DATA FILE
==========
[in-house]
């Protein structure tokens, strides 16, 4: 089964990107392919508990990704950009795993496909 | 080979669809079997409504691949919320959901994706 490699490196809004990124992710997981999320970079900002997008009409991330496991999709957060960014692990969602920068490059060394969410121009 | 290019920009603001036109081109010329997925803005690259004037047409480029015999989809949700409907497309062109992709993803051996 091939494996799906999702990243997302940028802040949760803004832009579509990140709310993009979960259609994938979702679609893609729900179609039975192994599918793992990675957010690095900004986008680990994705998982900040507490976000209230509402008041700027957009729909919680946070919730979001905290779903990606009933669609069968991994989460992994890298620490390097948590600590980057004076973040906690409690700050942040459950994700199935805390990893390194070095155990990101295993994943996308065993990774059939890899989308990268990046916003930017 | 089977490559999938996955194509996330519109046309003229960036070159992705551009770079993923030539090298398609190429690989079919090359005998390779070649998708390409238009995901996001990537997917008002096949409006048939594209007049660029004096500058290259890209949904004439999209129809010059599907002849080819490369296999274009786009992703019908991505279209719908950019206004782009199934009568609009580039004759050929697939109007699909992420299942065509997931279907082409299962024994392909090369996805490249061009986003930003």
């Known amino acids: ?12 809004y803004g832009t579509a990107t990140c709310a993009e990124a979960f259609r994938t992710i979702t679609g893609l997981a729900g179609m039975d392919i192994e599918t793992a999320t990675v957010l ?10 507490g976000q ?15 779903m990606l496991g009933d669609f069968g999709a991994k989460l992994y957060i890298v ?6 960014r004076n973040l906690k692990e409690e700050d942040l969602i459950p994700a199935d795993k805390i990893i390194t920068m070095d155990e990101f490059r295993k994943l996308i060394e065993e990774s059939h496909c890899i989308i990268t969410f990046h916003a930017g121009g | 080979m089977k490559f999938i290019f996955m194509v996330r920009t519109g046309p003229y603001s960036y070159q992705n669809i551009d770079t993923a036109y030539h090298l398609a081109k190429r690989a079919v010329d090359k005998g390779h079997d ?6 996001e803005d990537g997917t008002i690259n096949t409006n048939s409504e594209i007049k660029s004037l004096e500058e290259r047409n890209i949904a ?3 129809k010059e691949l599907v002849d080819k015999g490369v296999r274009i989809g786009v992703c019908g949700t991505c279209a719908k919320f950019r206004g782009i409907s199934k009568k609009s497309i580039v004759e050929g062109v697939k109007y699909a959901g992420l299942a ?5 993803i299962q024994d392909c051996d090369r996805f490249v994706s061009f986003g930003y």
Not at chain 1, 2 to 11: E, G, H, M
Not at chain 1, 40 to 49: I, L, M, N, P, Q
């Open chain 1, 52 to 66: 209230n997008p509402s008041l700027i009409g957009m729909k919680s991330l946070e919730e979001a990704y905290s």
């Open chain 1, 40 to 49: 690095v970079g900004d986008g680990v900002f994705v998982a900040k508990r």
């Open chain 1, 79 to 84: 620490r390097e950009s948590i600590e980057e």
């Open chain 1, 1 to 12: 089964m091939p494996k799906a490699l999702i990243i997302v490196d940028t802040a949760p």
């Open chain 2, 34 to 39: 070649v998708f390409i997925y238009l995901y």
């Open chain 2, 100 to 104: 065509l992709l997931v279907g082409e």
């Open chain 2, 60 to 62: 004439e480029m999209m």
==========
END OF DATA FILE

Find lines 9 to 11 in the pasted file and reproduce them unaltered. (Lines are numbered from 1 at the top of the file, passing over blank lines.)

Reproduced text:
């Open chain 1, 1 to 12: 089964m091939p494996k799906a490699l999702i990243i997302v490196d940028t802040a949760p």
């Open chain 2, 34 to 39: 070649v998708f390409i997925y238009l995901y």
């Open chain 2, 100 to 104: 065509l992709l997931v279907g082409e």